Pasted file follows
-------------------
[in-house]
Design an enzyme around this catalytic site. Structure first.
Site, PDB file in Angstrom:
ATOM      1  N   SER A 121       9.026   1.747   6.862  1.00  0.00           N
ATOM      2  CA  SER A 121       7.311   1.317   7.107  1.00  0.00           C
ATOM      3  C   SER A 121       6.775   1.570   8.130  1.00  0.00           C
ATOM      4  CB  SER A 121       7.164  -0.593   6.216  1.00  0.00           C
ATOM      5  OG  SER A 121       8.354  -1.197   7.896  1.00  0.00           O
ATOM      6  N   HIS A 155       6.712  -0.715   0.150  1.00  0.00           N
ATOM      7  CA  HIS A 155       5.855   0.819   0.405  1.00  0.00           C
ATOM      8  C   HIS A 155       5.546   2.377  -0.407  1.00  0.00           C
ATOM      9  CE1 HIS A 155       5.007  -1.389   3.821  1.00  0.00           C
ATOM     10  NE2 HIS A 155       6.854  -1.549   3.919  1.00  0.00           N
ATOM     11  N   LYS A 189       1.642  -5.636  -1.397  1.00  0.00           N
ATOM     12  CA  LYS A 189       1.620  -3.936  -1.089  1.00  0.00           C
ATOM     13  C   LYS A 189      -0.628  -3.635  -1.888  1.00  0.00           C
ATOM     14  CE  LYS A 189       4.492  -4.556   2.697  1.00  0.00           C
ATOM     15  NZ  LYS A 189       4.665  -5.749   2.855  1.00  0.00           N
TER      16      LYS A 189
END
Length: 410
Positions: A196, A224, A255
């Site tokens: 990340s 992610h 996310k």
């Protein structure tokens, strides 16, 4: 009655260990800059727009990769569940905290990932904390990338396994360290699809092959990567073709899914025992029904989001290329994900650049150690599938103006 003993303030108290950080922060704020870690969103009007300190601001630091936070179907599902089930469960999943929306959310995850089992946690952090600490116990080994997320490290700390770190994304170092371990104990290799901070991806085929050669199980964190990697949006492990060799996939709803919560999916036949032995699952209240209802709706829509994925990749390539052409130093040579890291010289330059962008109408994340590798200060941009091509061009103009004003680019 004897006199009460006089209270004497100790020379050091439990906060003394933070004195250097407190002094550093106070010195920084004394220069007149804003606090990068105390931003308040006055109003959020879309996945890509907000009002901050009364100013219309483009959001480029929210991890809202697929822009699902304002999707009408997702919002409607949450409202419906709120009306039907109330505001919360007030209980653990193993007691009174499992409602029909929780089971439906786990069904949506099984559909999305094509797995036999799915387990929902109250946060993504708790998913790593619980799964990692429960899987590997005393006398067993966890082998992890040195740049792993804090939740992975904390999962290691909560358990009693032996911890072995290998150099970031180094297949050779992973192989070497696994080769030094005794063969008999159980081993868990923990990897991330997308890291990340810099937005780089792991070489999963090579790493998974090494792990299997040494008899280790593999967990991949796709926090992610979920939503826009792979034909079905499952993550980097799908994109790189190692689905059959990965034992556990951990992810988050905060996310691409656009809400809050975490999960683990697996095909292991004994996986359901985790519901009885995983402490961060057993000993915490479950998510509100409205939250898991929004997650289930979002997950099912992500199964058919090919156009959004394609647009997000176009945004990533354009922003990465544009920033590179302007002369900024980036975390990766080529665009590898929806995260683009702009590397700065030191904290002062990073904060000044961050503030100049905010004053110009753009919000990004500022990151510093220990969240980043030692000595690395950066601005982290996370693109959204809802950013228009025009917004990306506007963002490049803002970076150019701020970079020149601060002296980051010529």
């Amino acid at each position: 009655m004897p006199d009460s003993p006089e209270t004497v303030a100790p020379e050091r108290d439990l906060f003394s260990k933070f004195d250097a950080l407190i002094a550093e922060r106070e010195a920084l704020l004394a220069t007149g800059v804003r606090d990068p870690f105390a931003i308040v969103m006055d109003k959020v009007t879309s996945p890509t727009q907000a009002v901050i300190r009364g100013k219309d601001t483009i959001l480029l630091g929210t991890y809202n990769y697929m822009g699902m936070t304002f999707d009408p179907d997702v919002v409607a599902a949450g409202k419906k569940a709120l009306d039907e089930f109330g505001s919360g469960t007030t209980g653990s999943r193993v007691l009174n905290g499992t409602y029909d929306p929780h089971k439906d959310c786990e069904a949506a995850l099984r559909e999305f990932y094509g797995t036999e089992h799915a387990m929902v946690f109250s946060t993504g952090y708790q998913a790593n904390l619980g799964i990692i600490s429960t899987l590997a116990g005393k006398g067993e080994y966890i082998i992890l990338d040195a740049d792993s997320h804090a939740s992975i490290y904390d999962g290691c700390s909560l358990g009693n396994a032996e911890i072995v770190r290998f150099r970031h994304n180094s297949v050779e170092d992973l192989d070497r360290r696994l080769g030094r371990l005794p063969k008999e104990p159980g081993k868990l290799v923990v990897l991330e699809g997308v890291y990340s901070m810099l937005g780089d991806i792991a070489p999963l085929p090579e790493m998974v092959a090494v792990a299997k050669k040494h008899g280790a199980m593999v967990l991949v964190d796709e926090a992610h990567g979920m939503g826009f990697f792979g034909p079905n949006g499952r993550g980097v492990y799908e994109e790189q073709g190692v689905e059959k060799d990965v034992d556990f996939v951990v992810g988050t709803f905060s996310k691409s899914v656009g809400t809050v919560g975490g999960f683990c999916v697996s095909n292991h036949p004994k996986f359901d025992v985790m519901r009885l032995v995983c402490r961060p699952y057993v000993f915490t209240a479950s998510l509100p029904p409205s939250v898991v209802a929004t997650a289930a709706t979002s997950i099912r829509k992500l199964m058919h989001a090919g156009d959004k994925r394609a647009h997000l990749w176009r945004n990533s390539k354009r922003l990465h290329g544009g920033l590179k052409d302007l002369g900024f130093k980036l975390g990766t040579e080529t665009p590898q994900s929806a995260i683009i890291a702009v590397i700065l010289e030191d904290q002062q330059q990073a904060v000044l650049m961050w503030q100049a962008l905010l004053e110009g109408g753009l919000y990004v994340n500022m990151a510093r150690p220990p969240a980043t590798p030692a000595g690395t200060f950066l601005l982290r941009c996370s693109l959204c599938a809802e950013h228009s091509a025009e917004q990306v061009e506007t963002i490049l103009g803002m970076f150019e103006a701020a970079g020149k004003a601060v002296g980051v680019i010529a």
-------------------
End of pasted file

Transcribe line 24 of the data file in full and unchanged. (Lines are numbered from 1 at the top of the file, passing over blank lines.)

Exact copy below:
């Protein structure tokens, strides 16, 4: 009655260990800059727009990769569940905290990932904390990338396994360290699809092959990567073709899914025992029904989001290329994900650049150690599938103006 003993303030108290950080922060704020870690969103009007300190601001630091936070179907599902089930469960999943929306959310995850089992946690952090600490116990080994997320490290700390770190994304170092371990104990290799901070991806085929050669199980964190990697949006492990060799996939709803919560999916036949032995699952209240209802709706829509994925990749390539052409130093040579890291010289330059962008109408994340590798200060941009091509061009103009004003680019 004897006199009460006089209270004497100790020379050091439990906060003394933070004195250097407190002094550093106070010195920084004394220069007149804003606090990068105390931003308040006055109003959020879309996945890509907000009002901050009364100013219309483009959001480029929210991890809202697929822009699902304002999707009408997702919002409607949450409202419906709120009306039907109330505001919360007030209980653990193993007691009174499992409602029909929780089971439906786990069904949506099984559909999305094509797995036999799915387990929902109250946060993504708790998913790593619980799964990692429960899987590997005393006398067993966890082998992890040195740049792993804090939740992975904390999962290691909560358990009693032996911890072995290998150099970031180094297949050779992973192989070497696994080769030094005794063969008999159980081993868990923990990897991330997308890291990340810099937005780089792991070489999963090579790493998974090494792990299997040494008899280790593999967990991949796709926090992610979920939503826009792979034909079905499952993550980097799908994109790189190692689905059959990965034992556990951990992810988050905060996310691409656009809400809050975490999960683990697996095909292991004994996986359901985790519901009885995983402490961060057993000993915490479950998510509100409205939250898991929004997650289930979002997950099912992500199964058919090919156009959004394609647009997000176009945004990533354009922003990465544009920033590179302007002369900024980036975390990766080529665009590898929806995260683009702009590397700065030191904290002062990073904060000044961050503030100049905010004053110009753009919000990004500022990151510093220990969240980043030692000595690395950066601005982290996370693109959204809802950013228009025009917004990306506007963002490049803002970076150019701020970079020149601060002296980051010529």